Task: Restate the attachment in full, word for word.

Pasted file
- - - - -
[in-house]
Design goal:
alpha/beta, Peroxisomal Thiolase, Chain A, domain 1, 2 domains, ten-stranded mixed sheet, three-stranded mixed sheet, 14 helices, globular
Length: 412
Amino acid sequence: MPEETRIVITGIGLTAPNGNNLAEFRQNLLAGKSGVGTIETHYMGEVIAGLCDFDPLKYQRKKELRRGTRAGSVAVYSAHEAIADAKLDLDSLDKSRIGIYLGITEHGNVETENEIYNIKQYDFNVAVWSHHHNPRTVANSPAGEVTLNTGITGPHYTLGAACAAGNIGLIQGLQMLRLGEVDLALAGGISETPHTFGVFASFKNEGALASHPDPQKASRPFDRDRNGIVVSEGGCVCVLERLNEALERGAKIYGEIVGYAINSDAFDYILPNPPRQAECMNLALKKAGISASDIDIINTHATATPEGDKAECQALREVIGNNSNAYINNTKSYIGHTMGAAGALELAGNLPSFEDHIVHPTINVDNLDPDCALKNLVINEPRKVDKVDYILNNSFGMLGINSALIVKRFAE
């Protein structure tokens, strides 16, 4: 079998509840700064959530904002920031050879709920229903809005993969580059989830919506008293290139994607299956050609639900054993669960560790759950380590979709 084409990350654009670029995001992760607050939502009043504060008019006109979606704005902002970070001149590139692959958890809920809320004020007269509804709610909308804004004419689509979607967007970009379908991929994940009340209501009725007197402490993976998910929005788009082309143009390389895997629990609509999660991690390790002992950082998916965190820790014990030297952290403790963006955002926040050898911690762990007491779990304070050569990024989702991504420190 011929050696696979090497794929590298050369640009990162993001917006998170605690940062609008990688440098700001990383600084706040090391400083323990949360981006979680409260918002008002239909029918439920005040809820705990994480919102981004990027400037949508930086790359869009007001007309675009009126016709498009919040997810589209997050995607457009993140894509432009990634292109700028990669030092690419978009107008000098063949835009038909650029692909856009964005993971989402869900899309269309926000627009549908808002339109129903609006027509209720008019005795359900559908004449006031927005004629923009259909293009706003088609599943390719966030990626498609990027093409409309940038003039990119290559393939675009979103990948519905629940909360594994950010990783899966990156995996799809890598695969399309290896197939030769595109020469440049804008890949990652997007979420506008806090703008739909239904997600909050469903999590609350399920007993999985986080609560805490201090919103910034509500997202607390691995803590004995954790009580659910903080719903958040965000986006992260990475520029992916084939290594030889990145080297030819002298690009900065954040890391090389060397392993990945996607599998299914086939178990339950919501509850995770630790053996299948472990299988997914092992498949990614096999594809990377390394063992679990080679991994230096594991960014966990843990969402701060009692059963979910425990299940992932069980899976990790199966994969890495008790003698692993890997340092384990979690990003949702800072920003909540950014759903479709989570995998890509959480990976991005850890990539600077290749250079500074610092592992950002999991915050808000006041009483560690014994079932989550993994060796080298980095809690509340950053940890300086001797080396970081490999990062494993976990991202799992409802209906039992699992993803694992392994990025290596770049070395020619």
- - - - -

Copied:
[in-house]
Design goal:
alpha/beta, Peroxisomal Thiolase, Chain A, domain 1, 2 domains, ten-stranded mixed sheet, three-stranded mixed sheet, 14 helices, globular
Length: 412
Amino acid sequence: MPEETRIVITGIGLTAPNGNNLAEFRQNLLAGKSGVGTIETHYMGEVIAGLCDFDPLKYQRKKELRRGTRAGSVAVYSAHEAIADAKLDLDSLDKSRIGIYLGITEHGNVETENEIYNIKQYDFNVAVWSHHHNPRTVANSPAGEVTLNTGITGPHYTLGAACAAGNIGLIQGLQMLRLGEVDLALAGGISETPHTFGVFASFKNEGALASHPDPQKASRPFDRDRNGIVVSEGGCVCVLERLNEALERGAKIYGEIVGYAINSDAFDYILPNPPRQAECMNLALKKAGISASDIDIINTHATATPEGDKAECQALREVIGNNSNAYINNTKSYIGHTMGAAGALELAGNLPSFEDHIVHPTINVDNLDPDCALKNLVINEPRKVDKVDYILNNSFGMLGINSALIVKRFAE
């Protein structure tokens, strides 16, 4: 079998509840700064959530904002920031050879709920229903809005993969580059989830919506008293290139994607299956050609639900054993669960560790759950380590979709 084409990350654009670029995001992760607050939502009043504060008019006109979606704005902002970070001149590139692959958890809920809320004020007269509804709610909308804004004419689509979607967007970009379908991929994940009340209501009725007197402490993976998910929005788009082309143009390389895997629990609509999660991690390790002992950082998916965190820790014990030297952290403790963006955002926040050898911690762990007491779990304070050569990024989702991504420190 011929050696696979090497794929590298050369640009990162993001917006998170605690940062609008990688440098700001990383600084706040090391400083323990949360981006979680409260918002008002239909029918439920005040809820705990994480919102981004990027400037949508930086790359869009007001007309675009009126016709498009919040997810589209997050995607457009993140894509432009990634292109700028990669030092690419978009107008000098063949835009038909650029692909856009964005993971989402869900899309269309926000627009549908808002339109129903609006027509209720008019005795359900559908004449006031927005004629923009259909293009706003088609599943390719966030990626498609990027093409409309940038003039990119290559393939675009979103990948519905629940909360594994950010990783899966990156995996799809890598695969399309290896197939030769595109020469440049804008890949990652997007979420506008806090703008739909239904997600909050469903999590609350399920007993999985986080609560805490201090919103910034509500997202607390691995803590004995954790009580659910903080719903958040965000986006992260990475520029992916084939290594030889990145080297030819002298690009900065954040890391090389060397392993990945996607599998299914086939178990339950919501509850995770630790053996299948472990299988997914092992498949990614096999594809990377390394063992679990080679991994230096594991960014966990843990969402701060009692059963979910425990299940992932069980899976990790199966994969890495008790003698692993890997340092384990979690990003949702800072920003909540950014759903479709989570995998890509959480990976991005850890990539600077290749250079500074610092592992950002999991915050808000006041009483560690014994079932989550993994060796080298980095809690509340950053940890300086001797080396970081490999990062494993976990991202799992409802209906039992699992993803694992392994990025290596770049070395020619």